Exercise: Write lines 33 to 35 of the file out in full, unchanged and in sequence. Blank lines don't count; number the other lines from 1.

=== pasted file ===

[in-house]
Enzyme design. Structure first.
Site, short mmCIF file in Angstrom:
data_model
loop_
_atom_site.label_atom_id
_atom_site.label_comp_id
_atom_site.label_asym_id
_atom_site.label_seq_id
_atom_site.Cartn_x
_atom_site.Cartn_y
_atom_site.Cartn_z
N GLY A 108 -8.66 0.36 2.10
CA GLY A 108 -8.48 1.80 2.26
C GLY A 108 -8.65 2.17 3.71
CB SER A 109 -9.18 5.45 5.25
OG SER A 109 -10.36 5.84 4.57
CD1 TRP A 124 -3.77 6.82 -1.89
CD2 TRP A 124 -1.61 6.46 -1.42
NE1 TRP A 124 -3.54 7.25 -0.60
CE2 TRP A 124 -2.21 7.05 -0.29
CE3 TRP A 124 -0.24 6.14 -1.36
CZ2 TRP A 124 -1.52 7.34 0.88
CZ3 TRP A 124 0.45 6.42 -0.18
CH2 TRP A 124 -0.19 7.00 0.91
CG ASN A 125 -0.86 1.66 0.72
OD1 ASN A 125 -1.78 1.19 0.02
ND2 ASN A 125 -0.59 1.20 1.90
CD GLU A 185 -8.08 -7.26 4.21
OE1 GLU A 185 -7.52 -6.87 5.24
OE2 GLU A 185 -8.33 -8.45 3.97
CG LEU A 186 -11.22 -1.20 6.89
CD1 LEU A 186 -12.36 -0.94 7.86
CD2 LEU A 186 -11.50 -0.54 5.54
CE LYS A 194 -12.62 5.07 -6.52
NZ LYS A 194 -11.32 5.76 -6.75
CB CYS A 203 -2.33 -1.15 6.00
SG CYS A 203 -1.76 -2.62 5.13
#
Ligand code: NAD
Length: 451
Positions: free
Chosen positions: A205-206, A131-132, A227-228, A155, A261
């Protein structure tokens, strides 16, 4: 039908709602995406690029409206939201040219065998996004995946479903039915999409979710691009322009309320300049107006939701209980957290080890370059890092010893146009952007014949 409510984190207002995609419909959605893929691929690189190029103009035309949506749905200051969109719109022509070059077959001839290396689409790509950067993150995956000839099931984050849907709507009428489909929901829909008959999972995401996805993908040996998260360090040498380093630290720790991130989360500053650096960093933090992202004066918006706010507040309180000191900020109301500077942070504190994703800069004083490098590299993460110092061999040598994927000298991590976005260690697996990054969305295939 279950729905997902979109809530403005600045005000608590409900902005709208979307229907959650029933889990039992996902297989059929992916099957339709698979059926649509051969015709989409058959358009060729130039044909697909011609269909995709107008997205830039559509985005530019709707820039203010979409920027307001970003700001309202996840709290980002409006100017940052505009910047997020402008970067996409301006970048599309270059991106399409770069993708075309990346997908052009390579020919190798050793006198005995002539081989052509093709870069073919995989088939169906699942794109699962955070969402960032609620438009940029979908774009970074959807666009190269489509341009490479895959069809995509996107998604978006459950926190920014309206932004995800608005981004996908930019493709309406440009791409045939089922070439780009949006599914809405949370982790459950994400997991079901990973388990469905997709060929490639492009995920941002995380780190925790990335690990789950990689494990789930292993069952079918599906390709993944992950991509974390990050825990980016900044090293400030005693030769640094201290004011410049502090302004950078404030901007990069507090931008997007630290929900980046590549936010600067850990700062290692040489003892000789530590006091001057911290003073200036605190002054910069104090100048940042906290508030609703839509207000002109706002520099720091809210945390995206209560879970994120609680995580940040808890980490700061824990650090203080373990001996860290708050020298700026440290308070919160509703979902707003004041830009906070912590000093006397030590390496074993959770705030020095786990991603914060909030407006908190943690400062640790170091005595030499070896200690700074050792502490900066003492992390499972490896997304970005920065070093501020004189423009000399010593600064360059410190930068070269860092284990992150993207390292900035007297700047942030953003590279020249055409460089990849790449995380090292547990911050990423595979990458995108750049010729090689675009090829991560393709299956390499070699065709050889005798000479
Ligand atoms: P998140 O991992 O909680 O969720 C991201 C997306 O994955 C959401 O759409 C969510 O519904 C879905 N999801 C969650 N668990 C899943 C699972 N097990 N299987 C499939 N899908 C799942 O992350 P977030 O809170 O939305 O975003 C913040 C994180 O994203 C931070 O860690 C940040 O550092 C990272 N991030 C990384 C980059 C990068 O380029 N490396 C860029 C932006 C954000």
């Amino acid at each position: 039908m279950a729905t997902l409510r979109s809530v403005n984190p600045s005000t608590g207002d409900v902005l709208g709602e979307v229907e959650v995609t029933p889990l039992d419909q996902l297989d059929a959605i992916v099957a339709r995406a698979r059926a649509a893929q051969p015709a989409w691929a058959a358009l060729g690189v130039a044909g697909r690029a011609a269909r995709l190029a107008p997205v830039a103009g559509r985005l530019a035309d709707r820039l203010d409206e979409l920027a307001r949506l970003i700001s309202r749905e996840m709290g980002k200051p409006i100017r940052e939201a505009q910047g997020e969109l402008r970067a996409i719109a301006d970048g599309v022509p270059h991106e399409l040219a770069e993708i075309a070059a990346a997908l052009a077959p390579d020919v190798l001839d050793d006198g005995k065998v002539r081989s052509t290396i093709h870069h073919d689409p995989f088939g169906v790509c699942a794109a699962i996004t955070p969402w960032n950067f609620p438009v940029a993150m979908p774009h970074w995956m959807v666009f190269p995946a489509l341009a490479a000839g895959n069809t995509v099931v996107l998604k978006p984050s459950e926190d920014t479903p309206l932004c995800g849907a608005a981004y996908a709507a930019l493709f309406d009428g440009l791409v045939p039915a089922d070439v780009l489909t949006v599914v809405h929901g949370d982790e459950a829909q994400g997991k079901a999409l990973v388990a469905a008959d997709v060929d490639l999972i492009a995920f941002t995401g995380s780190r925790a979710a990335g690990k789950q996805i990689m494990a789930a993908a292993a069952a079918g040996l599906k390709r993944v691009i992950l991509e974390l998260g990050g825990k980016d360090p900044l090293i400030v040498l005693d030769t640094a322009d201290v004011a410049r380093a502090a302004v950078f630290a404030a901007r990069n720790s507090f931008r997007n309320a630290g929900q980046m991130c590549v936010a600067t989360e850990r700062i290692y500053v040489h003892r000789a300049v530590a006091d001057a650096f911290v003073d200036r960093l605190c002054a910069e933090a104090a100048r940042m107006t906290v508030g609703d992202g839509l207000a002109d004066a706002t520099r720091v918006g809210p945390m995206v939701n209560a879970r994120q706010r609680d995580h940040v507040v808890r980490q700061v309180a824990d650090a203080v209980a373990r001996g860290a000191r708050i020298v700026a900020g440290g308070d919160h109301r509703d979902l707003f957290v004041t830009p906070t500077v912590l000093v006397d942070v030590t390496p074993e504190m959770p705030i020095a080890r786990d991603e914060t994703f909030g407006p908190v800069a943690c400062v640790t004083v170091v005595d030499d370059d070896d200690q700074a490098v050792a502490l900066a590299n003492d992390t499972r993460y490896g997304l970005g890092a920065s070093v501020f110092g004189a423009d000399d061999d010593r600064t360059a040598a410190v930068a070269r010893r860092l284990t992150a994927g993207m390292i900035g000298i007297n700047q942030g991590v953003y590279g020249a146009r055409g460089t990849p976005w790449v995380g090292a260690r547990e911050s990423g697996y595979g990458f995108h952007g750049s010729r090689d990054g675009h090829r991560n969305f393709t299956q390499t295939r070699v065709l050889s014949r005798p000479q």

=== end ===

CD1 LEU A 186 -12.36 -0.94 7.86
CD2 LEU A 186 -11.50 -0.54 5.54
CE LYS A 194 -12.62 5.07 -6.52